Thursday, 10/6, 8am-11am- EDirect: Command Line Access to NCBI’s Biomolecular Databases. The EDirect suite of programs allows easy command line access for searching and retrieving literature (PubMed) and accessing NCBI’s biomolecular (Gene, Nucleotide, sequence databases, etc.) records. Its advantages include direct command-line access to NCBI’s databases without writing Perl or Python scripts, construction of custom pipelines for processing data, built-in batch access, and the ability to generate highly flexible custom output reports. During the optional first hour of this workshop (8-9 AM), you will get a basic introduction to the Unix/Linux command line interface. The main workshop (9am-11am) will cover how to use EDirect to set-up simple pipelines to retrieve and process data from PubMed, Gene, and the Nucleotide and Protein sequence databases. Access to EDirect installed in a Linux environment on a cloud service will be provided.

Individuals with disabilities are encouraged to attend all University of Iowa-sponsored events. If you are a person with a disability who requires a reasonable accommodation in order to participate in this program please call Janna Lawrence at 319-335-9871.


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Nominate a librarian for UI Libraries Benton Award for Excellence


The University Libraries is seeking nominations for the Arthur Benton University Librarian’s Award for Excellence. Funded by a generous endowment, this prestigious award acknowledges a library staff member’s professional contributions in the practice of librarianship, service to the profession, scholarship, or leadership which has had a significant impact or innovation to the operations of the Libraries or the University of Iowa.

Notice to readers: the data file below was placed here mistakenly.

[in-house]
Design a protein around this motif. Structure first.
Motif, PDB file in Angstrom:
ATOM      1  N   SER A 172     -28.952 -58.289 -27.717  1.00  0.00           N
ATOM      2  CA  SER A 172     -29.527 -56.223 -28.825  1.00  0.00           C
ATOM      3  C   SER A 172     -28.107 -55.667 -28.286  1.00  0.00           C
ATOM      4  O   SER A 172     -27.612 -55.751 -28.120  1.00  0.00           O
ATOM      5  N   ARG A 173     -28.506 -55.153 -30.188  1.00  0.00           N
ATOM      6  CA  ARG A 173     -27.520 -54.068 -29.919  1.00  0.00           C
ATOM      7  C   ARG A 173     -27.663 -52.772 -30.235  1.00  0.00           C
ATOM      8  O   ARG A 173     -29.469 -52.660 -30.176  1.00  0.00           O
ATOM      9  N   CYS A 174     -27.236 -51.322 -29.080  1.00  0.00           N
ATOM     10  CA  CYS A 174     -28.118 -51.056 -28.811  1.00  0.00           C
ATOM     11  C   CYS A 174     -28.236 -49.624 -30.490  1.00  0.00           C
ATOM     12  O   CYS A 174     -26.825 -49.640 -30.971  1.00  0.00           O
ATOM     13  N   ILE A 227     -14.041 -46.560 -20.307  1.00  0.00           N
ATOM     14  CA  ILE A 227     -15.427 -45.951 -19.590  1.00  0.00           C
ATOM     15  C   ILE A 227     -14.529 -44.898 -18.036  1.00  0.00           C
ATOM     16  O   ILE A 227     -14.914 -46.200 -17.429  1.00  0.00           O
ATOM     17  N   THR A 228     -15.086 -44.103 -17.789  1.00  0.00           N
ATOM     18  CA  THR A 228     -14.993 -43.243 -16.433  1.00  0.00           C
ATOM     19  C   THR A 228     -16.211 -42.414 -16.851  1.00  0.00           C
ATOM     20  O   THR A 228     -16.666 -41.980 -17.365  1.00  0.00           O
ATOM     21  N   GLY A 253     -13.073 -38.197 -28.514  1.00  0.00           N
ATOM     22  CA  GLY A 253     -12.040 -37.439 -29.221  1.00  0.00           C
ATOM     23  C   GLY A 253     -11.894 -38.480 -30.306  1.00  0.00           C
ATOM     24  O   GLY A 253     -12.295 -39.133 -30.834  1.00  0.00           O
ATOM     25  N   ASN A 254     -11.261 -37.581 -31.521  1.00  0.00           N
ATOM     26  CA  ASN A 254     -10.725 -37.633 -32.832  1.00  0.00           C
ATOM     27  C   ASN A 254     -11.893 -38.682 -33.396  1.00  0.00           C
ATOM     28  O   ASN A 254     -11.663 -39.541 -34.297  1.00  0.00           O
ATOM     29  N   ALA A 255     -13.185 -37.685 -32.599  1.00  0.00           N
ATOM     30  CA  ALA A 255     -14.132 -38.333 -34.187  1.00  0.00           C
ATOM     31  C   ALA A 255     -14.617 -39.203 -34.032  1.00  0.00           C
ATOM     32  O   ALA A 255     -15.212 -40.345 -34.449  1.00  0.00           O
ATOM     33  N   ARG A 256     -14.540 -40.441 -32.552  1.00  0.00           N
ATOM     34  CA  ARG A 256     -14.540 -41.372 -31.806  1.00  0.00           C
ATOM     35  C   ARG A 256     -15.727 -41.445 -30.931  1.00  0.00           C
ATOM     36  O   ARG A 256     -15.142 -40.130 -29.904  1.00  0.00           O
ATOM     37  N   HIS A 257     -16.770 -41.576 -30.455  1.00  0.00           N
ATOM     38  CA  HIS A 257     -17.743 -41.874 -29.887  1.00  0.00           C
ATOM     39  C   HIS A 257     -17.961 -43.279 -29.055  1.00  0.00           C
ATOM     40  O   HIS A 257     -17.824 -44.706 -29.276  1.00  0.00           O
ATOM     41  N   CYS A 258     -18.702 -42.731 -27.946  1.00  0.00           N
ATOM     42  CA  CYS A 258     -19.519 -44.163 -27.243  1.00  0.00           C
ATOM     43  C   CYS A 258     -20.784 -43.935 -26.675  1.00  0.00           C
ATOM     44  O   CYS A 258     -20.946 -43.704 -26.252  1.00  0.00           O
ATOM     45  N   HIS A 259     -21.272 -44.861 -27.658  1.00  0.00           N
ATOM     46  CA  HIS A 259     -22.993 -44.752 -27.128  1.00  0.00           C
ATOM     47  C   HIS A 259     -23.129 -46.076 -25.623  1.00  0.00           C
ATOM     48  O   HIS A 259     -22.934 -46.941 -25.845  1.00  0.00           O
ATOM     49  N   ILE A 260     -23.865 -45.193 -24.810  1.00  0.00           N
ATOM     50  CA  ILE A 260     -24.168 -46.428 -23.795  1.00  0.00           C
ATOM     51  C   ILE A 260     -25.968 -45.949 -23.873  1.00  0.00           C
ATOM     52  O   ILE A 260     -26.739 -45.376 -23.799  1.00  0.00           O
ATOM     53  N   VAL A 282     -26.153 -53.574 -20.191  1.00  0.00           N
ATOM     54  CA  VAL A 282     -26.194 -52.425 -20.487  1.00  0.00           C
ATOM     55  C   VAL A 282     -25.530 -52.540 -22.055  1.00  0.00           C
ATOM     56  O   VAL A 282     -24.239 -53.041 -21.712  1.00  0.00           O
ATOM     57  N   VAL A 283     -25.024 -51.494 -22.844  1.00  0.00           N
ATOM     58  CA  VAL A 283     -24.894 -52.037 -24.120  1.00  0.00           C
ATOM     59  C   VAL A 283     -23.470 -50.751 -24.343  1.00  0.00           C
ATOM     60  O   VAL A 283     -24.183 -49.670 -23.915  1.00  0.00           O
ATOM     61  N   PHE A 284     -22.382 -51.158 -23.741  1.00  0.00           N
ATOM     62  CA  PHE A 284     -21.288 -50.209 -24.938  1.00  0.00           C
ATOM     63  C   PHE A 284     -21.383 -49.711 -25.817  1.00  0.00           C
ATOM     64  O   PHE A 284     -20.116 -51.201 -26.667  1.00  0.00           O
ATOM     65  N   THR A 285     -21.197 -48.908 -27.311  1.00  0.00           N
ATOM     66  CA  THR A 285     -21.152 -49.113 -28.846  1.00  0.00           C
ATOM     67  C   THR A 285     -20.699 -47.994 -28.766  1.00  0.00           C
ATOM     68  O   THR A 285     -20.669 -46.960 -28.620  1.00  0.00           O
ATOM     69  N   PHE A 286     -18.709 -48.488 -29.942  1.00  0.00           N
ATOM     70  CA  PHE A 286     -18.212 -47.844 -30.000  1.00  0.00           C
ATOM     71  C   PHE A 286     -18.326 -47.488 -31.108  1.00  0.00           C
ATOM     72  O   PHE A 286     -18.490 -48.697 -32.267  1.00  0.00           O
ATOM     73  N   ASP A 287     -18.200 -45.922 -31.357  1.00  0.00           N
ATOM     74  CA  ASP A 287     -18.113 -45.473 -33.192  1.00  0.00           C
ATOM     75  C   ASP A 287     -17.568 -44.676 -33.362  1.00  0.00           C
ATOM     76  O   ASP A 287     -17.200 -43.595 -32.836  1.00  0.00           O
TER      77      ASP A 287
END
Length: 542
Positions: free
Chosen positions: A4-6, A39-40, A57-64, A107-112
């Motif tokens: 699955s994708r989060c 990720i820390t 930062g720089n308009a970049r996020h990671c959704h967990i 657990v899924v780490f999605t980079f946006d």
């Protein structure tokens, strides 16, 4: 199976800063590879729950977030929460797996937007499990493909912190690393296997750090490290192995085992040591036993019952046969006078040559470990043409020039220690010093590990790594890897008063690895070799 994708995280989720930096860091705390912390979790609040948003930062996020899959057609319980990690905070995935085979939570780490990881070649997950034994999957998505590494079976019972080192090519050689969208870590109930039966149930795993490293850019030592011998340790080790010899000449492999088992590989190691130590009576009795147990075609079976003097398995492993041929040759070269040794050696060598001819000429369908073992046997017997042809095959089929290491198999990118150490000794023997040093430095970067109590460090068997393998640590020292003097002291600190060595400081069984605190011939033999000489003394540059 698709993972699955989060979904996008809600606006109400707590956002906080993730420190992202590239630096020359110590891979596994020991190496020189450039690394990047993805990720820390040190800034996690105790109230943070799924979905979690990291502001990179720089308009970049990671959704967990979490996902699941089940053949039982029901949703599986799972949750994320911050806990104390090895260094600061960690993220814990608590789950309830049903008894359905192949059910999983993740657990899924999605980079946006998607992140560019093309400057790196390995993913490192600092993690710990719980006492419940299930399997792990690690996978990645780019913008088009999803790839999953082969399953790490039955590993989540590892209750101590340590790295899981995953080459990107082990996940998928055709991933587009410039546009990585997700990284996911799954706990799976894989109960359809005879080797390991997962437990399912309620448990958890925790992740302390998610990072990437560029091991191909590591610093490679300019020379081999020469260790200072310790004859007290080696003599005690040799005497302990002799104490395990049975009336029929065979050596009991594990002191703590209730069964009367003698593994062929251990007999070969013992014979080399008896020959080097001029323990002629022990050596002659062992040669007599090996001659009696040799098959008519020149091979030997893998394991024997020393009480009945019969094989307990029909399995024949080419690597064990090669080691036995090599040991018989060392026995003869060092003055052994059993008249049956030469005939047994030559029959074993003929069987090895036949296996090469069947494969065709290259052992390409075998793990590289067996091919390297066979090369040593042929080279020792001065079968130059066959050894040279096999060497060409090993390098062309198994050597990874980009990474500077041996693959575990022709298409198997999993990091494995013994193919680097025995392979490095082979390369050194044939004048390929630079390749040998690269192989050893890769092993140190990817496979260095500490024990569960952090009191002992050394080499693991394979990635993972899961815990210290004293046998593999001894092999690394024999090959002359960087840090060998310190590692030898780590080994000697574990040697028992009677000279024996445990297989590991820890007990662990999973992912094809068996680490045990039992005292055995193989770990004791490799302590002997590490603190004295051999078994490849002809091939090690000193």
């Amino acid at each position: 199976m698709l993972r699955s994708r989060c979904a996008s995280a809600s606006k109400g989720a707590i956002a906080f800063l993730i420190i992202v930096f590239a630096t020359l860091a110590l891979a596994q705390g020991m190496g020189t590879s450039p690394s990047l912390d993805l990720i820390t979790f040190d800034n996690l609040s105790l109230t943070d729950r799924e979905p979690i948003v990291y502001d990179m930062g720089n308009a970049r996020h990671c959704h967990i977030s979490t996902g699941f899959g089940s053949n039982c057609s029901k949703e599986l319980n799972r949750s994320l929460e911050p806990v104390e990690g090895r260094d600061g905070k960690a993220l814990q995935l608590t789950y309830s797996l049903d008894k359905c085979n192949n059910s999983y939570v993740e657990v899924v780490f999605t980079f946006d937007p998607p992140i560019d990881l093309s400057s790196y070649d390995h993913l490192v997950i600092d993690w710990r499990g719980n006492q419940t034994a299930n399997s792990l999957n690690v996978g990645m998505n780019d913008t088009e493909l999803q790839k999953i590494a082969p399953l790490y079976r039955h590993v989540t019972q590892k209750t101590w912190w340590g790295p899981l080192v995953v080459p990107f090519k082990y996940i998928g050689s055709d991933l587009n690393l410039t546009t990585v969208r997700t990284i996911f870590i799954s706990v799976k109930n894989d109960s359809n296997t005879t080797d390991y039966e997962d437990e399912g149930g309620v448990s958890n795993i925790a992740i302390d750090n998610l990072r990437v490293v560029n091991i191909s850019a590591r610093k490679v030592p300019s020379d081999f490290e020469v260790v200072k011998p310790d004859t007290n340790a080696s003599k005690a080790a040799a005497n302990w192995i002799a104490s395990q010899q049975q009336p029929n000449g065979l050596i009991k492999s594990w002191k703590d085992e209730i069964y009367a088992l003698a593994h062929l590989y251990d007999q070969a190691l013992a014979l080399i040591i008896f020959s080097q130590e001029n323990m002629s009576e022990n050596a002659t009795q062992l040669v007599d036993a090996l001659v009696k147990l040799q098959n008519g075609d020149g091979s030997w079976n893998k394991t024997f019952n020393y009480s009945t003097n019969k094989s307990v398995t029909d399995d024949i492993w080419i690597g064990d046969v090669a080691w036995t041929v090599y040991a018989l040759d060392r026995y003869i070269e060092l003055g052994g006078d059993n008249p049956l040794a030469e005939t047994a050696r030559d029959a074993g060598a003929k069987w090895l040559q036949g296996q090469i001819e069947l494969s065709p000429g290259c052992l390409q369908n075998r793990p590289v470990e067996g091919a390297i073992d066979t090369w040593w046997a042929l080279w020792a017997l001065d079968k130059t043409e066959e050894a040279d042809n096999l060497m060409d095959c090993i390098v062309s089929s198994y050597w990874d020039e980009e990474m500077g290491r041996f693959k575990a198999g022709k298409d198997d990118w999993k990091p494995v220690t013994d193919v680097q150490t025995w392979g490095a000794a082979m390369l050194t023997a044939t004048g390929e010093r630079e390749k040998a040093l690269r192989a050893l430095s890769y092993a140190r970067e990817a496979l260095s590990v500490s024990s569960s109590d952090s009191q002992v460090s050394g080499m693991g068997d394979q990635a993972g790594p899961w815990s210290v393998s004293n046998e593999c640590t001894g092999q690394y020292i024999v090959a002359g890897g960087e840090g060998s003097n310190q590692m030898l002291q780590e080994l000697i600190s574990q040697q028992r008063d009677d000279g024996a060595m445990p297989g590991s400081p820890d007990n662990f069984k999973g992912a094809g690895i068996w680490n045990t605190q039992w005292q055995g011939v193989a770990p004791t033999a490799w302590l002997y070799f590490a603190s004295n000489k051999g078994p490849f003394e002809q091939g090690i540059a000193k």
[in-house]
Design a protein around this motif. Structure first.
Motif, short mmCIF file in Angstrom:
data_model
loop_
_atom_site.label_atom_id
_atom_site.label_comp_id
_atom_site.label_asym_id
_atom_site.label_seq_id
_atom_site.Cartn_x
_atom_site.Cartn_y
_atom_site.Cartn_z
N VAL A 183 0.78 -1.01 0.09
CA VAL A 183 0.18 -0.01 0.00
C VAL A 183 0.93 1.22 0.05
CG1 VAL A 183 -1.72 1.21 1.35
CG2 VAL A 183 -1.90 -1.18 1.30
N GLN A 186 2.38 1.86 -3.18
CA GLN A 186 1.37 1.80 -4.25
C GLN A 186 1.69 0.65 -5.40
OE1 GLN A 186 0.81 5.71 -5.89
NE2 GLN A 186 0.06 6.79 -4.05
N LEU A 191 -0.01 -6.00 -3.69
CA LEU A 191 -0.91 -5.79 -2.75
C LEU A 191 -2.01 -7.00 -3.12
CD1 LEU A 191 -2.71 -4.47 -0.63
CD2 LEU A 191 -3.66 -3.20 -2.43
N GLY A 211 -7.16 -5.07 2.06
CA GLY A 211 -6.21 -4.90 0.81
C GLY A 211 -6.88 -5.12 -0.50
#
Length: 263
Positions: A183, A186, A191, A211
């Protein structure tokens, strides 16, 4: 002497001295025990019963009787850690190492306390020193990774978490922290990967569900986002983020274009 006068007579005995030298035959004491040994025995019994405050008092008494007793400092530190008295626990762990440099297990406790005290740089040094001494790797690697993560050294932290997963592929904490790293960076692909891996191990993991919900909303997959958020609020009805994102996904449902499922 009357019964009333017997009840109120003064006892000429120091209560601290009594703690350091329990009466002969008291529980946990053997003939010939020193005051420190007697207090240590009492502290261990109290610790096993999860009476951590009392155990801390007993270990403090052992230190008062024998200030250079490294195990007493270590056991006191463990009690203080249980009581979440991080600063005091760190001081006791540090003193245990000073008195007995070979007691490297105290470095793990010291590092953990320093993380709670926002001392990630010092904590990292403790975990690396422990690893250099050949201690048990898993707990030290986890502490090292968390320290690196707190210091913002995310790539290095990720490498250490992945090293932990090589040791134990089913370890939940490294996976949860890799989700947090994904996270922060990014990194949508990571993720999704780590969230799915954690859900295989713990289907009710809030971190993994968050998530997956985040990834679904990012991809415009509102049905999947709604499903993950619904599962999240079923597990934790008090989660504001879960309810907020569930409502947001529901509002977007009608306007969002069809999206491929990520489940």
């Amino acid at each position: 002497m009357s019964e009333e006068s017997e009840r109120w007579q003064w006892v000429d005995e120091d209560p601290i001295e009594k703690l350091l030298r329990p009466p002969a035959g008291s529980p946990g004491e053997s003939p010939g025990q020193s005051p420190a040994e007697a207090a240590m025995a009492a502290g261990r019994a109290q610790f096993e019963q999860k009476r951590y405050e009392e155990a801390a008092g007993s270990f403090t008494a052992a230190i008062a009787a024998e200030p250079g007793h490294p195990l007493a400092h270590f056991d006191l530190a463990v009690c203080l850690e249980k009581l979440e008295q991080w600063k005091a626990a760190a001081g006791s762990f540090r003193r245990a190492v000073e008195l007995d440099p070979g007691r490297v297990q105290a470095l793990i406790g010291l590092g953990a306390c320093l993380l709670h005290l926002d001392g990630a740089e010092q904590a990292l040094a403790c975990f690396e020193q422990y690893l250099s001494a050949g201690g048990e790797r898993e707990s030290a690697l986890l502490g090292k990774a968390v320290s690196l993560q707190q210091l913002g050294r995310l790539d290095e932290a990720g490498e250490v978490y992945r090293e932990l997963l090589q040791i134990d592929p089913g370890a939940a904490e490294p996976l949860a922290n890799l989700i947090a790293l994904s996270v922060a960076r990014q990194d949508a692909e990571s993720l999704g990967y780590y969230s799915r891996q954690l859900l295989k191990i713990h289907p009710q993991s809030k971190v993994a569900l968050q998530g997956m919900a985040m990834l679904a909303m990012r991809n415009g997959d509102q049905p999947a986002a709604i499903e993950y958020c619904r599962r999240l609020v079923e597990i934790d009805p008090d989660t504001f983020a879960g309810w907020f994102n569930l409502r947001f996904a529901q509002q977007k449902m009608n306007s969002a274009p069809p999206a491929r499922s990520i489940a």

The $1,500 award may be used to support professional development activity expenses for conferences or workshops in support of research projects and publications related to services, or it may be taken as a cash award.

Any member of the University of Iowa community may make a nomination, or self-nominations are accepted. The nomination form is available at: .

Jennifer DeBerg, Users Services Librarian at Hardin Library, won the award in 2012.

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Find results faster with PubMed! | Free workshop Wed. September 21, 2-3pm


PubMed is the National Library of Medicine’s index to the medical literature and includes over 26 million bibliographic citations in life sciences. This one-hour session will show you how to improve your search results by using subject headings (MeSH) and advanced keyword searching techniques.

Our sessions this Fall:

  • Wednesday, September 21, 2-3pm  pubmed2
  • Tuesday, October 4, 1-2pm
  • Wednesday, November 16, 1-2pm

Register online.  Free and open to all!

Basic searching in PubMed tip sheet from Hardin Library

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Learn to find records not in PubMed with EMBASE | workshop Tuesday, Sept. 20 at 10am

embase square